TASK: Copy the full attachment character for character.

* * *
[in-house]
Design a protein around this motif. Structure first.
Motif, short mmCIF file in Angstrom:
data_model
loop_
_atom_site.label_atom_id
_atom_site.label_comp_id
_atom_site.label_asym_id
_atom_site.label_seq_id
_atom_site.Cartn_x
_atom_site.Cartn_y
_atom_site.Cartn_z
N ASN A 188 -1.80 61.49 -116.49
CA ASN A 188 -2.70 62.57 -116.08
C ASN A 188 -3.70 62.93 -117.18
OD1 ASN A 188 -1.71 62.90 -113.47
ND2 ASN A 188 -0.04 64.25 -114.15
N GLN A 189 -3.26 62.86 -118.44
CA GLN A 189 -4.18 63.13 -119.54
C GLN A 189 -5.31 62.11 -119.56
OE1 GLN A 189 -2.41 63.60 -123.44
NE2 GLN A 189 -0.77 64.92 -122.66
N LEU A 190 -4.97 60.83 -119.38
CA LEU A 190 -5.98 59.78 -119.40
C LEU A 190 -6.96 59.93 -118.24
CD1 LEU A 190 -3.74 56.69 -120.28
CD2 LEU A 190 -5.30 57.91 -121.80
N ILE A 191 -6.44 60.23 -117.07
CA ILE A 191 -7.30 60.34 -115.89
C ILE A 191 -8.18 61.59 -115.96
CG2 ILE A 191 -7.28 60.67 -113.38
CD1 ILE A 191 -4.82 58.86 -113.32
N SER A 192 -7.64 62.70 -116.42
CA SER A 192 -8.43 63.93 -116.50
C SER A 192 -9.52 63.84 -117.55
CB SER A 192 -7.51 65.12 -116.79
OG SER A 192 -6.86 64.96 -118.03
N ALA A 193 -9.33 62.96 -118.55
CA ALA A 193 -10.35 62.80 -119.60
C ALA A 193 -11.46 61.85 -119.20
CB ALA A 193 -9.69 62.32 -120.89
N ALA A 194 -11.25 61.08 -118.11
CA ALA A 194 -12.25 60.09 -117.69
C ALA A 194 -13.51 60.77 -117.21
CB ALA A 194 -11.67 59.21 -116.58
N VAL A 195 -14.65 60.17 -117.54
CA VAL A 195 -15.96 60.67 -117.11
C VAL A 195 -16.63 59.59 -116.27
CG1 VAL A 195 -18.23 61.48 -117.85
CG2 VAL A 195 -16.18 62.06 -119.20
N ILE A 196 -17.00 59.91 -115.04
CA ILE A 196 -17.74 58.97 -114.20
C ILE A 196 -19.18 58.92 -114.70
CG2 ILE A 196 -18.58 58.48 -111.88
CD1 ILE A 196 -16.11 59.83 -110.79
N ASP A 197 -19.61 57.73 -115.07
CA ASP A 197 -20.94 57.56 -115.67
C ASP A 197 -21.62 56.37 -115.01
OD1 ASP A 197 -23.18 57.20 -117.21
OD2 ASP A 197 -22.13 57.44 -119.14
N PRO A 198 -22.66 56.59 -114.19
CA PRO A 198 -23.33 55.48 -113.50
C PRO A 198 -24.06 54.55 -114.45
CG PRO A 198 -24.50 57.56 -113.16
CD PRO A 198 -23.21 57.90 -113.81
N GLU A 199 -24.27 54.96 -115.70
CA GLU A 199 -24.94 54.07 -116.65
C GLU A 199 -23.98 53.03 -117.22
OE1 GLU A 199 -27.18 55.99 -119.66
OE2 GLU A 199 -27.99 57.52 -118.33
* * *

[in-house]
Design a protein around this motif. Structure first.
Motif, short mmCIF file in Angstrom:
data_model
loop_
_atom_site.label_atom_id
_atom_site.label_comp_id
_atom_site.label_asym_id
_atom_site.label_seq_id
_atom_site.Cartn_x
_atom_site.Cartn_y
_atom_site.Cartn_z
N ASN A 188 -1.80 61.49 -116.49
CA ASN A 188 -2.70 62.57 -116.08
C ASN A 188 -3.70 62.93 -117.18
OD1 ASN A 188 -1.71 62.90 -113.47
ND2 ASN A 188 -0.04 64.25 -114.15
N GLN A 189 -3.26 62.86 -118.44
CA GLN A 189 -4.18 63.13 -119.54
C GLN A 189 -5.31 62.11 -119.56
OE1 GLN A 189 -2.41 63.60 -123.44
NE2 GLN A 189 -0.77 64.92 -122.66
N LEU A 190 -4.97 60.83 -119.38
CA LEU A 190 -5.98 59.78 -119.40
C LEU A 190 -6.96 59.93 -118.24
CD1 LEU A 190 -3.74 56.69 -120.28
CD2 LEU A 190 -5.30 57.91 -121.80
N ILE A 191 -6.44 60.23 -117.07
CA ILE A 191 -7.30 60.34 -115.89
C ILE A 191 -8.18 61.59 -115.96
CG2 ILE A 191 -7.28 60.67 -113.38
CD1 ILE A 191 -4.82 58.86 -113.32
N SER A 192 -7.64 62.70 -116.42
CA SER A 192 -8.43 63.93 -116.50
C SER A 192 -9.52 63.84 -117.55
CB SER A 192 -7.51 65.12 -116.79
OG SER A 192 -6.86 64.96 -118.03
N ALA A 193 -9.33 62.96 -118.55
CA ALA A 193 -10.35 62.80 -119.60
C ALA A 193 -11.46 61.85 -119.20
CB ALA A 193 -9.69 62.32 -120.89
N ALA A 194 -11.25 61.08 -118.11
CA ALA A 194 -12.25 60.09 -117.69
C ALA A 194 -13.51 60.77 -117.21
CB ALA A 194 -11.67 59.21 -116.58
N VAL A 195 -14.65 60.17 -117.54
CA VAL A 195 -15.96 60.67 -117.11
C VAL A 195 -16.63 59.59 -116.27
CG1 VAL A 195 -18.23 61.48 -117.85
CG2 VAL A 195 -16.18 62.06 -119.20
N ILE A 196 -17.00 59.91 -115.04
CA ILE A 196 -17.74 58.97 -114.20
C ILE A 196 -19.18 58.92 -114.70
CG2 ILE A 196 -18.58 58.48 -111.88
CD1 ILE A 196 -16.11 59.83 -110.79
N ASP A 197 -19.61 57.73 -115.07
CA ASP A 197 -20.94 57.56 -115.67
C ASP A 197 -21.62 56.37 -115.01
OD1 ASP A 197 -23.18 57.20 -117.21
OD2 ASP A 197 -22.13 57.44 -119.14
N PRO A 198 -22.66 56.59 -114.19
CA PRO A 198 -23.33 55.48 -113.50
C PRO A 198 -24.06 54.55 -114.45
CG PRO A 198 -24.50 57.56 -113.16
CD PRO A 198 -23.21 57.90 -113.81
N GLU A 199 -24.27 54.96 -115.70
CA GLU A 199 -24.94 54.07 -116.65
C GLU A 199 -23.98 53.03 -117.22
OE1 GLU A 199 -27.18 55.99 -119.66
OE2 GLU A 199 -27.99 57.52 -118.33